SPRINGFIELD – Following the Illinois school funding reform’s recent Senate passage by a healthy margin, State Sens. Andy Manar (D-Bunker Hill) and Bill Haine (D-Alton) said they were pleased with the 31-21-3 vote.
As the bill’s main sponsor, Manar, representing Illinois’ 48th Senate District, explained that Senate Bill 231 would weigh each district’s property tax base, its proportion of low-income students, and other needs including special education and ESL before allotting taxpayer dollars to each jurisdiction.
“There should be no issue that unites downstate Democrats and Republicans more than school funding,” said Manar, who added that he spent three years crafting the plan.
“Our current formula is flawed because it’s not based on need. It’s not based on equity. It’s based on ZIP code.”
SB 231 would mandate that state education funding be distributed based on student need while ensuring that no district would receive less state money than it did for the 2015-16 school year.
The bill is expected to help not only the financially strapped Chicago public school system but many other needy districts including the Metro East.
Before the measure was approved, a downstate Democratic caucus, led by state Sen. Bill Haine (D-Alton), held a press conference on May 10 in support of the bill.
“Many schools throughout the region have been shortchanged for years,” Haine told the Record. “This funding formula presented by Senator Manar gives us a plan to address that issue. Our students deserve the same resources as any other student throughout the state. The caucus sees this, and that is why we threw our support behind this important legislation.”
Legislators at the press conference expressed optimism, stating that the law could potentially reverse the detrimental outcome created by the state’s “broken” public school funding formula over the past two decades—especially in downstate and outlying rural areas.
“We have been fighting hard this session to ensure our universities remain open, but if our K-12 system isn’t receiving the resources it needs in order to make sure our children are prepared to go on to higher education, we have a problem,” Haine said. “Education is what pushes Illinois forward. We need an adequate funding formula to ensure kids have the basic knowledge and skill set to grow.”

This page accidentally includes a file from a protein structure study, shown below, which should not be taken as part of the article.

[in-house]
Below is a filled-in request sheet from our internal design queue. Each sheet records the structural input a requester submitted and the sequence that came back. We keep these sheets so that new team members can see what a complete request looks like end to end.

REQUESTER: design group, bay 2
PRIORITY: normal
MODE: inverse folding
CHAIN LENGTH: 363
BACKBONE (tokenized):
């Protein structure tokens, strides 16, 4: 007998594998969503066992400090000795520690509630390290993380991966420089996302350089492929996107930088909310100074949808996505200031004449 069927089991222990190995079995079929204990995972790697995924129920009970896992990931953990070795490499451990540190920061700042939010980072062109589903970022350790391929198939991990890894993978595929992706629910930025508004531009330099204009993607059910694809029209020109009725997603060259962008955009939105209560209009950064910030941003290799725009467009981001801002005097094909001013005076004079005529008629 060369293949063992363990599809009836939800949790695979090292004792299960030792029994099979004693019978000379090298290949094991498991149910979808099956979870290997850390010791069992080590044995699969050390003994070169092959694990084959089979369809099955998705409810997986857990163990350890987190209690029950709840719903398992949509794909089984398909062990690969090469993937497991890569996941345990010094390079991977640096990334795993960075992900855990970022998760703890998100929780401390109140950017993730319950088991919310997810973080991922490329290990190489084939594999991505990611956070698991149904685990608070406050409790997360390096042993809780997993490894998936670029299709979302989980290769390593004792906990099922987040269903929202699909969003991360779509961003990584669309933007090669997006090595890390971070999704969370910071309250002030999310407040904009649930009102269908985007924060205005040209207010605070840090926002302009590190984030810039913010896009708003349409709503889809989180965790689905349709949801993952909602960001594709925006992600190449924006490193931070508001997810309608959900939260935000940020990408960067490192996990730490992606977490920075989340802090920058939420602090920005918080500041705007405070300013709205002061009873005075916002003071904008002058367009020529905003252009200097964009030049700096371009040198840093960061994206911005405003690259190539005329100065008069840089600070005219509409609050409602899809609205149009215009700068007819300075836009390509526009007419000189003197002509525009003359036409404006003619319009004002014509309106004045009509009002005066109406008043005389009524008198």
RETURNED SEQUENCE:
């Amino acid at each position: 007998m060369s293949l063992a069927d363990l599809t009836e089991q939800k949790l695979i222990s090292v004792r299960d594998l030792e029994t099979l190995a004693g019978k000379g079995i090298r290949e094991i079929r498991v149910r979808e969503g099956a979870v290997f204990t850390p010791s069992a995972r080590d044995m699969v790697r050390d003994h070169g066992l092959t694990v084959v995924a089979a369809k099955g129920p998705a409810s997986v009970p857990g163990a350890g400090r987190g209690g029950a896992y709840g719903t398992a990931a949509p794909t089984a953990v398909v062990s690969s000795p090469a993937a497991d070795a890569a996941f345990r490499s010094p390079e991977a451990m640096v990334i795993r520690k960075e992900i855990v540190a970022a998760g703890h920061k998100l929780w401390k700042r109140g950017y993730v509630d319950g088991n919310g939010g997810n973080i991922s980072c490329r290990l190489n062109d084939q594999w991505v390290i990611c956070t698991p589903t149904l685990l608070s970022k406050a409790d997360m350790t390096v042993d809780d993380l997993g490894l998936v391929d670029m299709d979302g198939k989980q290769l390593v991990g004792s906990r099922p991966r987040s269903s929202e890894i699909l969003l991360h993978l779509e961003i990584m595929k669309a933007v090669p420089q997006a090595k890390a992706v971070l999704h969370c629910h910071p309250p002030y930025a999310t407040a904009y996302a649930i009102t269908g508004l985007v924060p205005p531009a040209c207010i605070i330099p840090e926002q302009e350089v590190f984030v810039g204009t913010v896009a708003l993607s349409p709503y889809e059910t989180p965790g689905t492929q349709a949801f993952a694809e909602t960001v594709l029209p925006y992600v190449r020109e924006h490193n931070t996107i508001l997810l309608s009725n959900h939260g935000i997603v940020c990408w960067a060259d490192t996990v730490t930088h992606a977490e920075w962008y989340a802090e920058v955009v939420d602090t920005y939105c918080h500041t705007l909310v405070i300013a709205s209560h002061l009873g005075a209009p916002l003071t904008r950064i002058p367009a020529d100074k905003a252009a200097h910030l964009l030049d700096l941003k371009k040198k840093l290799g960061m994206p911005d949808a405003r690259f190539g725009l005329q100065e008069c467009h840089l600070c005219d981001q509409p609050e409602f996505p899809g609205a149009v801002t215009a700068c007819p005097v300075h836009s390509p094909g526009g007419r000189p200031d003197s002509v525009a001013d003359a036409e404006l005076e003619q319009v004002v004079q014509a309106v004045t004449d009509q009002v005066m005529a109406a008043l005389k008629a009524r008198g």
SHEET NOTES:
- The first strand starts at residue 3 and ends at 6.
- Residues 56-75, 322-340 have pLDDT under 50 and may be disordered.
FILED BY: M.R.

Not everyone was pleased with the results, some decrying the measure as a “bailout” for Chicago public schools.
Republican Sen. Kyle McCarter questioned SB 231’s practicality, saying that whichever formula is chosen, the main issue is whether the state can stand by its promise.
“We are either going to come up with some magical way of forgiving ourselves more debts or we’re backing ourselves into a tax increase,” McCarter said. “Like any business, you would never fix one department and hope that everything else in the company would fix itself. You always look at the entire entity (the budget).”
Manar and Haine both stated with certainty that no schools will lose funding under this plan. Asked how the budget numbers would be impacted, Haine conveyed that constituents would not bear the burden.
“This proposal is about how we spend, not how much we spend," he said, emphasizing that it was a question of reorganization rather than increasing the tax base. “How much we spend is a different debate.”
How would it be paid for?
“The same way we paid for the current education budget; by prioritizing the resources we have,” Haine said. “The governor agreed with us last year in doing this, and I hope he will do it again.”
The bill moved on to the House.